You know when you have a progressive disease sometimes it seems like the next step — the new normal — is dramatic? It seems to come out of nowhere…whether it’s your mobility, your energy, breathing capacity, or any of the myriad of bodily functions that can decline.
Well, I’m there with respiratory weakness. Yet it didn’t really happen overnight. I can recall 10 or so years ago going to my annual visit at the Muscular Dystrophy Association Care Clinic and, after taking a rather simplistic diagnostic test, being told by the nurse that my breathing capacity was at 70%. I don’t think I took it seriously because the diagnostic device was rudimentary and I felt healthy.
A year or so ago I was supplied with a ventilator for night time use. The whole experience freaked me out and I couldn’t handle the forced air. I would sit with it for ~ 15-minutes and then stop. After a month or so I tried to take a nap with it. I couldn’t handle it. Long story short, I ended up returning the device. I told myself the pulmonologist was moving too fast…like installing an outdoor ramp over stairs when you’re still ambulatory.
This past winter was a difficult one for me — one respiratory issue after another and I didn’t seem to have a full recovery. I’m with a different healthcare provider now and went to see a new pulmonologist who scheduled me for a sleep study. It took a couple of reschedules on my part because I was in denial of what I must have known was the inevitable.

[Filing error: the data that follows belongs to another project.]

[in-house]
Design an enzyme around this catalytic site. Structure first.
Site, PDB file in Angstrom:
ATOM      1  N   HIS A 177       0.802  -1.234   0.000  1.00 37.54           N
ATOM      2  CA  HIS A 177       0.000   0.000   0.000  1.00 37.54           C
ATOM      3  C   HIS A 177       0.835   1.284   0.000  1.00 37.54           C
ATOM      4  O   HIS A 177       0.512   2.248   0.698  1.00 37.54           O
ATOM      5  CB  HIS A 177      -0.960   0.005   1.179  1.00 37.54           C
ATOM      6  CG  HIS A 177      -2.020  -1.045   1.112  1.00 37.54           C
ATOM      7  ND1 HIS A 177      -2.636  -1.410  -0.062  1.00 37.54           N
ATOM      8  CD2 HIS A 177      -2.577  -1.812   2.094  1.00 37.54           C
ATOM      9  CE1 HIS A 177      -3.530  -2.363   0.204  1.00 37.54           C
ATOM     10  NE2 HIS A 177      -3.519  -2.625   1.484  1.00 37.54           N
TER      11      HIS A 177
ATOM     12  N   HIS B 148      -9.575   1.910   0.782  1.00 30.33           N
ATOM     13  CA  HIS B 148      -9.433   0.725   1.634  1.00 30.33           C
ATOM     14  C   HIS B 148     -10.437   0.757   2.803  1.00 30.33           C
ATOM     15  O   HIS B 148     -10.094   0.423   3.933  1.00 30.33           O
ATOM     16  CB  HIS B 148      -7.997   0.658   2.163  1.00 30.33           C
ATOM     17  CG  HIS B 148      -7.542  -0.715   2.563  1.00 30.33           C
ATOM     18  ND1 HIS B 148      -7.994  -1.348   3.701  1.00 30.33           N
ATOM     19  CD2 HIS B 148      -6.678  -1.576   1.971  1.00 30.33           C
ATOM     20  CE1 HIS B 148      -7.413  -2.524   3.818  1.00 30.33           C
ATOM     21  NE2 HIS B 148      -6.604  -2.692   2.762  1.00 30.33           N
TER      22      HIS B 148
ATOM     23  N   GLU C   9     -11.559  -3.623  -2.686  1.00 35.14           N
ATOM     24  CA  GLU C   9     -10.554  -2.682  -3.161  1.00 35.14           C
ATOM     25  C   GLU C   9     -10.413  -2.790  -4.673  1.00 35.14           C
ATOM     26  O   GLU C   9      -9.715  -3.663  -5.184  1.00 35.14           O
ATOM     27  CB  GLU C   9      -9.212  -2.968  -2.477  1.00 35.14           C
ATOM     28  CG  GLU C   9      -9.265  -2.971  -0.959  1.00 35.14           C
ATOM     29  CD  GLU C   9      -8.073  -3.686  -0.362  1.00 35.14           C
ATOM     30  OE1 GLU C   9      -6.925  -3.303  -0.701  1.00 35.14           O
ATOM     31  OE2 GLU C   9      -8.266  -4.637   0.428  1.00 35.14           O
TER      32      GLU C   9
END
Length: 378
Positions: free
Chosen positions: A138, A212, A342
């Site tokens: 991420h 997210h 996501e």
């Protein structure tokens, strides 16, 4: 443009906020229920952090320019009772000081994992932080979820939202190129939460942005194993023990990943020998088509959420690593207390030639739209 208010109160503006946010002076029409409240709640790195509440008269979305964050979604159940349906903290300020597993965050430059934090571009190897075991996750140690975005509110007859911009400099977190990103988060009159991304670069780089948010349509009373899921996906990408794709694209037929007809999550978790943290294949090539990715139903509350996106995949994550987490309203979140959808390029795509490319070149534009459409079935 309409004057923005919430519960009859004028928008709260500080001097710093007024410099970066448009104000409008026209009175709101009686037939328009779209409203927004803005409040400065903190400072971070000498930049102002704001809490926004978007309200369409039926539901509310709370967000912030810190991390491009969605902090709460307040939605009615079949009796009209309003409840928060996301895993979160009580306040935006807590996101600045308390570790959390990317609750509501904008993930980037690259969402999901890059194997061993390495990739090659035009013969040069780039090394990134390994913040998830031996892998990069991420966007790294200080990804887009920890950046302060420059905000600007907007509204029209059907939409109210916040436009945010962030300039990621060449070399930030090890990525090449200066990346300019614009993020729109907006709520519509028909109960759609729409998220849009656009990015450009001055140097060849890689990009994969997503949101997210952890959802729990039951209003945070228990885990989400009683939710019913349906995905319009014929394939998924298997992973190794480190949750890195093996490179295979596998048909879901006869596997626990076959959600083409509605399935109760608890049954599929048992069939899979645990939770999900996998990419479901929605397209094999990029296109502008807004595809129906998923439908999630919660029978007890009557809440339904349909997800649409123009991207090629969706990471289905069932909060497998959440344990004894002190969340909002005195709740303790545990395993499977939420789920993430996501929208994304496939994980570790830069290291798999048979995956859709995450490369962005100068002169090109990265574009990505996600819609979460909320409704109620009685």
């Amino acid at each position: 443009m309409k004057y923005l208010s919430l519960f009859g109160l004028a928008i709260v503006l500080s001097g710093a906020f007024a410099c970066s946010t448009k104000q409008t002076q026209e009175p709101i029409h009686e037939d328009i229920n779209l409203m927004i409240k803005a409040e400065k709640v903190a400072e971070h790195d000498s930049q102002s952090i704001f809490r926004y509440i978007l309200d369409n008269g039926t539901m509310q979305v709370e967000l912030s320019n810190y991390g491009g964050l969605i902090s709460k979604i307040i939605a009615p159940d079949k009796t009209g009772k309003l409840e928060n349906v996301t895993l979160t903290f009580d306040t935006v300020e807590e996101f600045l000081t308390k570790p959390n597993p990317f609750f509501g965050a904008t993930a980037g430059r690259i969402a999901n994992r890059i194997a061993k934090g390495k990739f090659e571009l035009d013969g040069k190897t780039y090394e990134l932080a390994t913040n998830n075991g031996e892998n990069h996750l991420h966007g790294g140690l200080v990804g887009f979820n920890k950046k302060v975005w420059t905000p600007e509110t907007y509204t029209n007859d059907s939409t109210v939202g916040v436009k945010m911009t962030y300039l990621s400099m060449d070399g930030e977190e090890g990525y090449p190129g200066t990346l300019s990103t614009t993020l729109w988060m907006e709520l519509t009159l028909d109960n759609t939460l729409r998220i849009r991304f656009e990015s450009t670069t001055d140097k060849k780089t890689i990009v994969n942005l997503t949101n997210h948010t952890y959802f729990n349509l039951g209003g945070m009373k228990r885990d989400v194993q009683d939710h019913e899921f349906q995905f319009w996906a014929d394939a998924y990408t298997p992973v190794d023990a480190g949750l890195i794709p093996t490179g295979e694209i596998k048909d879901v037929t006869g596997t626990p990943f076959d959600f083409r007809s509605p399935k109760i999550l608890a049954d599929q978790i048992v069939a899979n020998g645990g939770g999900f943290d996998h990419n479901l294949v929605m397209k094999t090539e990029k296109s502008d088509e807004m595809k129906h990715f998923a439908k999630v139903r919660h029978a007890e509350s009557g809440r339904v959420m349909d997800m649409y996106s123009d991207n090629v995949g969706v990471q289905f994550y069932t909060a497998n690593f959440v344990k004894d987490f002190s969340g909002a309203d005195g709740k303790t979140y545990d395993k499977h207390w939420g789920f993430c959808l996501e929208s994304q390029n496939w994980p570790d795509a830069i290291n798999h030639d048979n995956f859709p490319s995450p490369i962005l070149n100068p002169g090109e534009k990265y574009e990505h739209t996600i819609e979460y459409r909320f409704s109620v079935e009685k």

The overnight study was conducted in a hotel-like environment though it was far from a luxurious experience. The sleep technician set me up with a Bi or C-Pap machine at the start and I just couldn’t handle it. It was too forceful and I panicked. She wasn’t able to adjust the settings and eventually got permission to let the sleep study be a baseline without the intervention. I slept for ~ 6 hours. Within a few days I heard from a physician who analyzed the study; I’d never met him. His phone etiquette was…despicable. He admonished me for not using the machine and said I needed it. He also offered that I “have few options — the machine or a trach.”
This brief phone conversation set off a period of depression. I was not operating with a glass half full perspective. Thankfully my pulmonologist led me to what I thought was another pulmonologist colleague of hers but he is actually a Critical Care doctor. After our first meeting my spirit lifted. He is listening to me and really understands that I need to gradually ramp up to the optimal settings.
These adjustments to a progressive disease — a new normal — are difficult physically and emotionally. I’m grateful to be working with a physician that gets it. I’m also grateful for two Facebook groups — one specifically for adults with myotonic dystrophy and the other for breathing issues related to having a neuromuscular disease. I’ve learned valuable information and received support from these cohorts.
So far I’ve acclimated to one air pressure setting increase and using the humidifier. I also fell asleep twice with both on. Small steps. That’s what I can handle. I’m feeling hopeful.